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Teen Behavior Help

for children 12 and older
Binge drinking is defined as consuming 5 or more drinks at a time for boys and 4 or more drinks for girls. A teen is considered a binge drinker if he does so 3 times in two weeks. Most college binge drinkers are under 21 and do so because of peer pressure, academic stress or to enhance their social status.

The following are some really unpleasant statistics concerning teen binge drinking:

General Stats:

  • 51% of college males and 40% of college females binge drink.
  • 70% of college students who binge drink, do so more than once a week.
  • 50% of college binge drinkers have had 5 or more alcohol related problems on campus.
  • 33% of students fall behind in their studies due to drinking.


Socioeconomic Stats:

  • 1700 college students die each year as a direct result of binge drinking.
  • Alcohol related incidents are the third leading cause of death in older teens.
  • There are 500,000 injuries related to binge drinking.
  • There are 600,000 assaults related to binge drinking.
  • 400,000 cases of unprotected sex due to binge drinking.
  • 2.1 million college students drive drunk.
  • College students spend 5.5 billion dollars a year on alcohol for an average of $500/ a year per student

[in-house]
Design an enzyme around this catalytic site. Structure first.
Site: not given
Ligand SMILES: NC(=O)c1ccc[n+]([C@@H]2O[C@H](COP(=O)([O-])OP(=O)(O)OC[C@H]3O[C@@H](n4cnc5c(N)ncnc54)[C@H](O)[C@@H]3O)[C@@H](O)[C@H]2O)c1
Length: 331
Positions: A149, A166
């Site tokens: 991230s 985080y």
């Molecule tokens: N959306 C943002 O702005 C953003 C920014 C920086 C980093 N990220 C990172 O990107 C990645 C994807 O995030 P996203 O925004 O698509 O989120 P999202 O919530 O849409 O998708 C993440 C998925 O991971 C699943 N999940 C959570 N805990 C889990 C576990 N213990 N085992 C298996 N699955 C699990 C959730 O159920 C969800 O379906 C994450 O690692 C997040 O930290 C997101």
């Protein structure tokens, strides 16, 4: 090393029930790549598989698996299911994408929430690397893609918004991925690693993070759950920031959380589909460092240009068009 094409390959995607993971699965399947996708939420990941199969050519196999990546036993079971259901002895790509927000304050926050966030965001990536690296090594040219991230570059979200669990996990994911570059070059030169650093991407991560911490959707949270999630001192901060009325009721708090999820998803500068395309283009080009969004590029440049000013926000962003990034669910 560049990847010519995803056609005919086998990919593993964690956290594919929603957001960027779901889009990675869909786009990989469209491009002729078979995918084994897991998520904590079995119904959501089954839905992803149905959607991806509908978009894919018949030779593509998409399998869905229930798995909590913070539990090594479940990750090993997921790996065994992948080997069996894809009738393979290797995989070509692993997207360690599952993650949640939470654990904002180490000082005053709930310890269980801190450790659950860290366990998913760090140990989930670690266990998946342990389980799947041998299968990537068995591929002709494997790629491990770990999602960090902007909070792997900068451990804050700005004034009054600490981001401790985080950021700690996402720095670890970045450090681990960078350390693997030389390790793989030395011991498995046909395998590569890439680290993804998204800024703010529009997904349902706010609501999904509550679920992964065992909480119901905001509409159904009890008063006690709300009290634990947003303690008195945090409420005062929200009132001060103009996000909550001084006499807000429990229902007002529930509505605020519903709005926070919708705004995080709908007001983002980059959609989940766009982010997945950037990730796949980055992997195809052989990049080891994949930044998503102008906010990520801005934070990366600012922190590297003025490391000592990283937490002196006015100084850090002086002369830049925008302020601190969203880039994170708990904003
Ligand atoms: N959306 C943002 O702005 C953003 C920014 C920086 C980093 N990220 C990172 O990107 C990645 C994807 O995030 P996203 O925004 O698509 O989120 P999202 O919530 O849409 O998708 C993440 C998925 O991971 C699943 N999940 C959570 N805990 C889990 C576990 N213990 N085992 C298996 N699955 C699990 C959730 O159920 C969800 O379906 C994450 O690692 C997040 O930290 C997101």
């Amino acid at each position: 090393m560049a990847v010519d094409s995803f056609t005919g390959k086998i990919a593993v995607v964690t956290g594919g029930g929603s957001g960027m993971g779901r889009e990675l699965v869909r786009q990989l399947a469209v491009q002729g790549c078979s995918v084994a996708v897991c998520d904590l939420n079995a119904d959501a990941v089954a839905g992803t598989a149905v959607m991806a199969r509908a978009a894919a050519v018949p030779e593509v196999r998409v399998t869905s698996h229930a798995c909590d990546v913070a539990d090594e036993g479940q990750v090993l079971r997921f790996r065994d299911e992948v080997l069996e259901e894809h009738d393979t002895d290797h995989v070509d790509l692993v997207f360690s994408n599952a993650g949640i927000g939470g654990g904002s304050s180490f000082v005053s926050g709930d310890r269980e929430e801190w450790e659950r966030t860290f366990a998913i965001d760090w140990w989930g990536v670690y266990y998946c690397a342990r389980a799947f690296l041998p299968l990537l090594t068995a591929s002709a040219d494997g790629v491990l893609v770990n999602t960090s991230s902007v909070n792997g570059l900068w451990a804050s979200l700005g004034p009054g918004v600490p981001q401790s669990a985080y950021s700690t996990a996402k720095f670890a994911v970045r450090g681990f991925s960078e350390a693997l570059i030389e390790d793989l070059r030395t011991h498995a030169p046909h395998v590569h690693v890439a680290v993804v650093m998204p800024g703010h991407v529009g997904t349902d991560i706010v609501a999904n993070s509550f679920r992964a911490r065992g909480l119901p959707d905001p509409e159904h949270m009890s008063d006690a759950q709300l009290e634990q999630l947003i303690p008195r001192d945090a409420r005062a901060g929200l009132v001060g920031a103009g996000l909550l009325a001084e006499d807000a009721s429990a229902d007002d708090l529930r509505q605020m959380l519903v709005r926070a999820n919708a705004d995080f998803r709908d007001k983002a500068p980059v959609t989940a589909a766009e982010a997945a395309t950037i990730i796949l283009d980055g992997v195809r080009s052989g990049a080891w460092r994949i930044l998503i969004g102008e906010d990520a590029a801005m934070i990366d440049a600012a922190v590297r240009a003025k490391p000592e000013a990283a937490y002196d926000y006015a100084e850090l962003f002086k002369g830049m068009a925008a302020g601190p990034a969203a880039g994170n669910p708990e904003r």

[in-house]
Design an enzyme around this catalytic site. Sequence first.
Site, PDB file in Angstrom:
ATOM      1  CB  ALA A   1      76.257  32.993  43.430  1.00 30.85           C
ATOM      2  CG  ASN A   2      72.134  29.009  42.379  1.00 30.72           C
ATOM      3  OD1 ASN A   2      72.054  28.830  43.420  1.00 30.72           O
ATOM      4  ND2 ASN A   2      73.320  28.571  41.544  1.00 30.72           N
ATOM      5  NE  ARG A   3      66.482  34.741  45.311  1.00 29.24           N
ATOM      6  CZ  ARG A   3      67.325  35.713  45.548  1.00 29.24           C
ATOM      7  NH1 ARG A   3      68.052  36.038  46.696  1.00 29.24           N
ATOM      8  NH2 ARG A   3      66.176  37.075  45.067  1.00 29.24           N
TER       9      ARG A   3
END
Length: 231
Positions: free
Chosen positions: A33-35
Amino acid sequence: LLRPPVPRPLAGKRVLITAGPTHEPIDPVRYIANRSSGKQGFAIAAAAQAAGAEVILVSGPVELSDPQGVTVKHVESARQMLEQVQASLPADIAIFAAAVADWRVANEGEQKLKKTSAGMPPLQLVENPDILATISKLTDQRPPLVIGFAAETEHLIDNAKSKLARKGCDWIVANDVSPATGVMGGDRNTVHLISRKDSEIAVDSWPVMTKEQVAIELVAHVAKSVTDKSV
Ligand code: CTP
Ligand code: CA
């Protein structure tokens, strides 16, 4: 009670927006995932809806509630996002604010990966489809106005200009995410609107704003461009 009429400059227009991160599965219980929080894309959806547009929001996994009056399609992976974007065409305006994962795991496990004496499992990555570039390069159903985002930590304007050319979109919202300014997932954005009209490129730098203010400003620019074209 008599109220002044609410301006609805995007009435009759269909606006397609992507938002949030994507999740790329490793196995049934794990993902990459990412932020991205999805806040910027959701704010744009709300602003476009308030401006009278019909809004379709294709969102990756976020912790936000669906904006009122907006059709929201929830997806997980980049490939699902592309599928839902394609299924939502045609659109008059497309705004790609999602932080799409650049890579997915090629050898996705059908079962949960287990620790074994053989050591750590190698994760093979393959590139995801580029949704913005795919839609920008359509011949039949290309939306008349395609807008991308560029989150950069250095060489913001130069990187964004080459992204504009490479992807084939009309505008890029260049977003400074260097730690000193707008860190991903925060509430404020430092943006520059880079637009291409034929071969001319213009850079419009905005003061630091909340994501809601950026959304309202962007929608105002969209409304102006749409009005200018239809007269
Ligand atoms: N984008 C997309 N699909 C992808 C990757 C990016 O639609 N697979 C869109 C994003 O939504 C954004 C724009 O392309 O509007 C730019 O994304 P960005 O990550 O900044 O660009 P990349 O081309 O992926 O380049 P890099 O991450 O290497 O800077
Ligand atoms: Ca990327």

Source

If you have a teen in high school or college, you need to worry that
your teen may be getting into drugs or alcohol. Find out what to do.

Go to:

Substance Abuse in Teens

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Warmly,

    Anthony Kane, MD
      P S Please leave a comment because I would really like to get your reaction to this.

        If you would like to have a quick step-by-step plan on how to end your child's difficult behavior forever and your child is between the ages of 2 and 11:

          Please go to:

          How to Improve Your Child's Behavior

          One Response to “Teen Binge Drinking”

          1. Ursula Granger Says:

            Thank you for your incredible Website. I am always impressed by your wisdom and advice, Anthony. I will always have concerns about Binge drinking as I myself was a binge drinker as a teenager and young adult.
            I don’t think there is much we can do about the exposure our children will have to drugs and alcohol in their youth however, I do believe that we CAN DO A LOT to make sure they don’t become a statistic. Talk, talk, talk and more talk.
            I have already started talking to my 9 year old daughter about everything, including, drugs, alcohol, sex and her future. Some people feel that I am telling her TOO MUCH for her age and I strongly disagree. I think that communication is our best defence against these things. I tell her the horrible consequences that I myself have experienced and witnessed due to drugs and alcohol and I strongly believe this will make a huge difference in whether or not she starts drinking or using drugs. To all those people who think she is TOO YOUNG? Snap out of it, kids are growing up faster than we ever did and we need to make sure the lines of communication are always open. Listen to your children, be open to their questions, tell them your experiences and they will be more likely to trust you enough to tell you things that other parents will never know.

            Ursula

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